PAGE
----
Meanwhile, since the plurality of anodes 70 are arranged end to end, a gap is formed between adjacent anodes, for instance between anodes 7001 and 7002 and between anodes 7002 and 7003. Through such a gap, light from light emission section 66 leaks out. Leaking light has adverse effects on the light emission pattern and deteriorates resolution. According to the invention, positive use of leaking light is made such that it is no longer leaking light but contributes to the light emission pattern. To this end, the pitch of arrangement of cathodes, size of anodes 70 in the direction of array and pitch thereof are selected in such a manner that a cathode is found at a position facing the boundary zone between adjacent anodes 70 or the neighborhood of such boundary zone.

In the examples of Figs. 19(a) and 20(a), such cathode corresponding to the boundary zone or neighborhood thereof between adjacent anodes are designated at 4605, 4609, etc., while in the examples of FIGS. 19(b) and 29(b) they are designated at 4604, 4605, 4608, 4609, 4612, 4613, etc. The window 72 which is provided for a cathode 46 corresponding to the boundary zone on neighborhood thereof between two adjacent anodes 70 is substantially defined by the opposed ends of the two adjacent anodes 70. In this case, the area of each window corresponding to the boundary zone or neighborhood thereof between adjacent anodes and also the area of each window provided in other portion of anode, are projection areas, in which the corresponding cathode is projected on the anode through the window Preferably, these areas are equal. In this embodiment, the light emission window 72 is square in shape, and where a cathode 46 is located in a position corresponding to the neighborhood of one of the opposed edges of adjacent anodes 70, the corresponding light emission window, for instance the window 7205 shown in Figs. 19(a) and 19(b) has one of four sides substantially defined by the end of one anode 7001 and other three sides substantially defined by the opposed end portion of the other anode 7002. In this case, the edge portion noted above of the anode 7202 is formed with a notch in conformity to the shape and size of the square window, and this end portion with the notch is used for forming the window.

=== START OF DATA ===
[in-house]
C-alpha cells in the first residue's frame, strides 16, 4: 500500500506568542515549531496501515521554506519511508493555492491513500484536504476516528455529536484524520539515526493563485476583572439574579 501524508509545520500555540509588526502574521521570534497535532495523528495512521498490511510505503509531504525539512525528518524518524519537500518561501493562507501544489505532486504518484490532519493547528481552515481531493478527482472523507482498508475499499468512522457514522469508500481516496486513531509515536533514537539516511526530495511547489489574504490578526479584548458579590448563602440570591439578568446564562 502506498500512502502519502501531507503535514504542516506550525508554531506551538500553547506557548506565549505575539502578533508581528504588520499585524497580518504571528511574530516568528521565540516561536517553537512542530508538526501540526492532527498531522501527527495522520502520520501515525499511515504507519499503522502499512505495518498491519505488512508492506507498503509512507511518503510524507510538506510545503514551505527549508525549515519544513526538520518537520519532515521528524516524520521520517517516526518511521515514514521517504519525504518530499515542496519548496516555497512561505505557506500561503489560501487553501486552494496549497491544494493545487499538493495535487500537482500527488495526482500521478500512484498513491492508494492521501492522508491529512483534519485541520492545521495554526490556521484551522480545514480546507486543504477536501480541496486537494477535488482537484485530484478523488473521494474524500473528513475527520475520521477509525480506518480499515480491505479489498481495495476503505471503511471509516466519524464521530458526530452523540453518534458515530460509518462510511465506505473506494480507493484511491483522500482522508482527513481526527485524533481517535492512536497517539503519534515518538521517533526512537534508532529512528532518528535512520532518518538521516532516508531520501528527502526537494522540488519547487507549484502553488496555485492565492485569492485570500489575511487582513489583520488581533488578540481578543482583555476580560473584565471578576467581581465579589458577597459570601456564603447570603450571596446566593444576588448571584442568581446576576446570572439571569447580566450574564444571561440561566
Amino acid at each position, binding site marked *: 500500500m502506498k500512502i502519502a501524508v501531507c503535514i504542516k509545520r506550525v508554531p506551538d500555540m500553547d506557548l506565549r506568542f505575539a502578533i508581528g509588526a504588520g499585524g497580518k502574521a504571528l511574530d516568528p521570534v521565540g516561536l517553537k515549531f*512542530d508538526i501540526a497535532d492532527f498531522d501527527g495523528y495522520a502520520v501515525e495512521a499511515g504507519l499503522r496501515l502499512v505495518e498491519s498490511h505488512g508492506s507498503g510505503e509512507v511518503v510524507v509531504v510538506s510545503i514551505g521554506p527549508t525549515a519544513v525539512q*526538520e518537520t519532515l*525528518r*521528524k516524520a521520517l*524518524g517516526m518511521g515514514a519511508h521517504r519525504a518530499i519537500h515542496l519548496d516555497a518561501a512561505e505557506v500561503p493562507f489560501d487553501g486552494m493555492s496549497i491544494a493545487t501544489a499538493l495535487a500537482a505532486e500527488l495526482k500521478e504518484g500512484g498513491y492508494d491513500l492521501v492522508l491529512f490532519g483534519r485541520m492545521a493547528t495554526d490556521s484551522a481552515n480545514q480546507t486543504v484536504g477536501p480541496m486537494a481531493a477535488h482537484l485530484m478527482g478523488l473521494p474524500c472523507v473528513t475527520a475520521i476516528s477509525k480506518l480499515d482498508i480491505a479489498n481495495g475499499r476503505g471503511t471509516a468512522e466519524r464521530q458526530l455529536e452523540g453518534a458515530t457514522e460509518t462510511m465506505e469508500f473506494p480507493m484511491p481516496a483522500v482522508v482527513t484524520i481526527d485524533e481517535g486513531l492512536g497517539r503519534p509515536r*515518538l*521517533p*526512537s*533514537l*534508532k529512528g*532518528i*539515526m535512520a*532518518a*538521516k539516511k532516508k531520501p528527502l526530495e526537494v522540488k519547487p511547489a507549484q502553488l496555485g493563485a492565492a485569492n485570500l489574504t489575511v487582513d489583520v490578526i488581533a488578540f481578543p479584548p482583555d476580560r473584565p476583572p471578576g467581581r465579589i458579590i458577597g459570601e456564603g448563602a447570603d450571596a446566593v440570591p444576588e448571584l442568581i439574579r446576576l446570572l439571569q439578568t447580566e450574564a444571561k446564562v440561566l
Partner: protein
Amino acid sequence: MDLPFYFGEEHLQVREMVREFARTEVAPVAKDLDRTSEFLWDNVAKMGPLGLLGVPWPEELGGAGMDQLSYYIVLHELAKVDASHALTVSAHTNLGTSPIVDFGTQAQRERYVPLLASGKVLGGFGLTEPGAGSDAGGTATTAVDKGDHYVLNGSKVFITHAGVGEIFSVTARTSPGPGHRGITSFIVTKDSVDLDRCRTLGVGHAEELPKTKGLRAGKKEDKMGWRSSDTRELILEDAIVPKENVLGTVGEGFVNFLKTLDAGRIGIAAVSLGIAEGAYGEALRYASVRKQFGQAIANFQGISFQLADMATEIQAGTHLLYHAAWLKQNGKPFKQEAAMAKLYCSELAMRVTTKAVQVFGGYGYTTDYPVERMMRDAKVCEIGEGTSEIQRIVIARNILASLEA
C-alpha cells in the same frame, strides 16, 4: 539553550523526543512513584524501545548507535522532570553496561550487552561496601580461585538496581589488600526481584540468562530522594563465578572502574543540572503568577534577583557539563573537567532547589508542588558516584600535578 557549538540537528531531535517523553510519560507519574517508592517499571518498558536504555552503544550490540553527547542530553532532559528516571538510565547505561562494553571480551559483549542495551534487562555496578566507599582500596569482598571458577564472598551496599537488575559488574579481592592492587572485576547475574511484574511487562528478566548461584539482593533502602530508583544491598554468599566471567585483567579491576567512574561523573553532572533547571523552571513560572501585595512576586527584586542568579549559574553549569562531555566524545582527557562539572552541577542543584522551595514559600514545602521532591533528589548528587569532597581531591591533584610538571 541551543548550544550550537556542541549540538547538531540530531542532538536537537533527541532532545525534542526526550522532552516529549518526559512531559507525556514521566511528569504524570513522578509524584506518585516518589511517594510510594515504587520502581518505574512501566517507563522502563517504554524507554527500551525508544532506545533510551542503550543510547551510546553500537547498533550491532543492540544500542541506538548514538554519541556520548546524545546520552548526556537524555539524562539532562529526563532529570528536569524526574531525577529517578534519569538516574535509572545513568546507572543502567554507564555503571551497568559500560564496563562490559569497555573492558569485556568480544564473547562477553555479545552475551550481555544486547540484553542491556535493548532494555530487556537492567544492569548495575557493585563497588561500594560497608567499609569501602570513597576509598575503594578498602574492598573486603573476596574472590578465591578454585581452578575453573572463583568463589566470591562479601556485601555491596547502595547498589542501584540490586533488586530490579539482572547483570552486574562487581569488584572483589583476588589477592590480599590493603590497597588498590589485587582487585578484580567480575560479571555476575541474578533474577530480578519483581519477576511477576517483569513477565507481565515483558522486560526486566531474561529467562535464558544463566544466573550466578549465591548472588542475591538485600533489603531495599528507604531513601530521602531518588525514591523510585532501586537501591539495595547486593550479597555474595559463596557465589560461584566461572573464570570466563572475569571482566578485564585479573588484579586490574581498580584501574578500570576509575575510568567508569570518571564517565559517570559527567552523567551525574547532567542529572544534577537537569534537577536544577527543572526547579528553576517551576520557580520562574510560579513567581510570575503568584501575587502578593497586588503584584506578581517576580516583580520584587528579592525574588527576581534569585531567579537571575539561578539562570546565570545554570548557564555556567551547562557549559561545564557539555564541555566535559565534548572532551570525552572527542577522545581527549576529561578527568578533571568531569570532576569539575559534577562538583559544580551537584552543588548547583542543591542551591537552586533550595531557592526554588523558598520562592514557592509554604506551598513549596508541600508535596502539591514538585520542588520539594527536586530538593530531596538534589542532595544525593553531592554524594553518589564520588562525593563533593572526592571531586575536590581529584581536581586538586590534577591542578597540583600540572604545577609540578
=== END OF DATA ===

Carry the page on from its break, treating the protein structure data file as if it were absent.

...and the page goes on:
Further, taking the light emission window 7205 shown in FIGS. 20(a) and 20(b), for instance, the cathode 4605 in this case extends across the boundary between two adjacent anodes 7001 and 7002. This light emission window 7205 corresponding to the cathode 4605, therefore, is suitably considered to consist of two divisions arranged side by side in the cathode row direction, one of these divisions being defined by an end portion of anode 7001 and the other division by the end portion of the other anode 7002. In this case, the opposed end portions of the anodes 7001 and 7002 are formed with respective notches in conformity to the shape and size of the square window to be formed, and these end portions with the notches are used for forming the window.

While the above description is concerned with a single light emission window, the same applies to other light emission windows extending across other boundaries between adjacent anodes. While in the above embodiment the light emission windows 72 are square in shape, this shape is by no means limitative; for example, it is possible to adopt any other desired shape such as a rectangular, circle, parallelogram or triangle depending on design needs.

As has been shown, in the gas discharge light emission apparatus according to the invention the anodes are made of a non-transparent material while providing light emission windows not only at positions corresponding to boundaries between adjacent anodes but also at positions corresponding to cathodes facing anode portions other than the boundaries, it is possible to obtain discharge light emission in the neighborhood of the cathodes with a clear shape and also with a high resolution.

In this embodiment, current-limiting resistors 56 are connected to the respective anodes 7001, 7002, . . . to ensure stable discharge between anode 70 and cathode 46 constituting each electrode pair.

Meanwhile, there is a statistical delay of the discharge start timing, i.e., a delay time until the start of discharge from the instant of voltage application to the electrode pair. Therefore, an auxiliary electrode pair is provided on the front substrate 40 on the side of the anodes 70 to provide discharge at all times between the auxiliary electrodes so as to supply ions and excited atoms, thus suppressing the statistical delay of the discharge start timing. In this embodiment, an auxiliary cathode 52 constituting the discharge electrode pairs is provided commonly such that it extends along and parallel to the direction or anode arrangement, while a plurality of auxiliary anodes 54 are provided at a predetermined interval such that they each have one end facing the auxiliary cathode 52. The auxiliary discharge may be brought about for instance by applying a voltage of 300 V from an auxiliary discharge power supply 60 through auxiliary discharge current-limiting resistors 58 of 1 MΩ to the auxiliary anodes 54 while holding the auxiliary cathode 52 at 0 V.

As is obvious from the description of the above embodiment, with the gas discharge light emission apparatus according to the invention, the cathodes 46 and scanning electrodes 48 are provided as substantially planar electrodes on the rear substrate 44, while the anodes 70 and auxiliary electrodes 52 and 54 are provided on the front substrate 40, and both the substrates face each other via a discharge gas medium. The anodes 70 are provided with the light emission windows 72 in correspondence to the cathodes 46. The anodes thus may be arranged in a row or in two rows at a suitable pitch. Thus, the cathode structure and also the structure of the entire apparatus can be simplified compared to the prior art.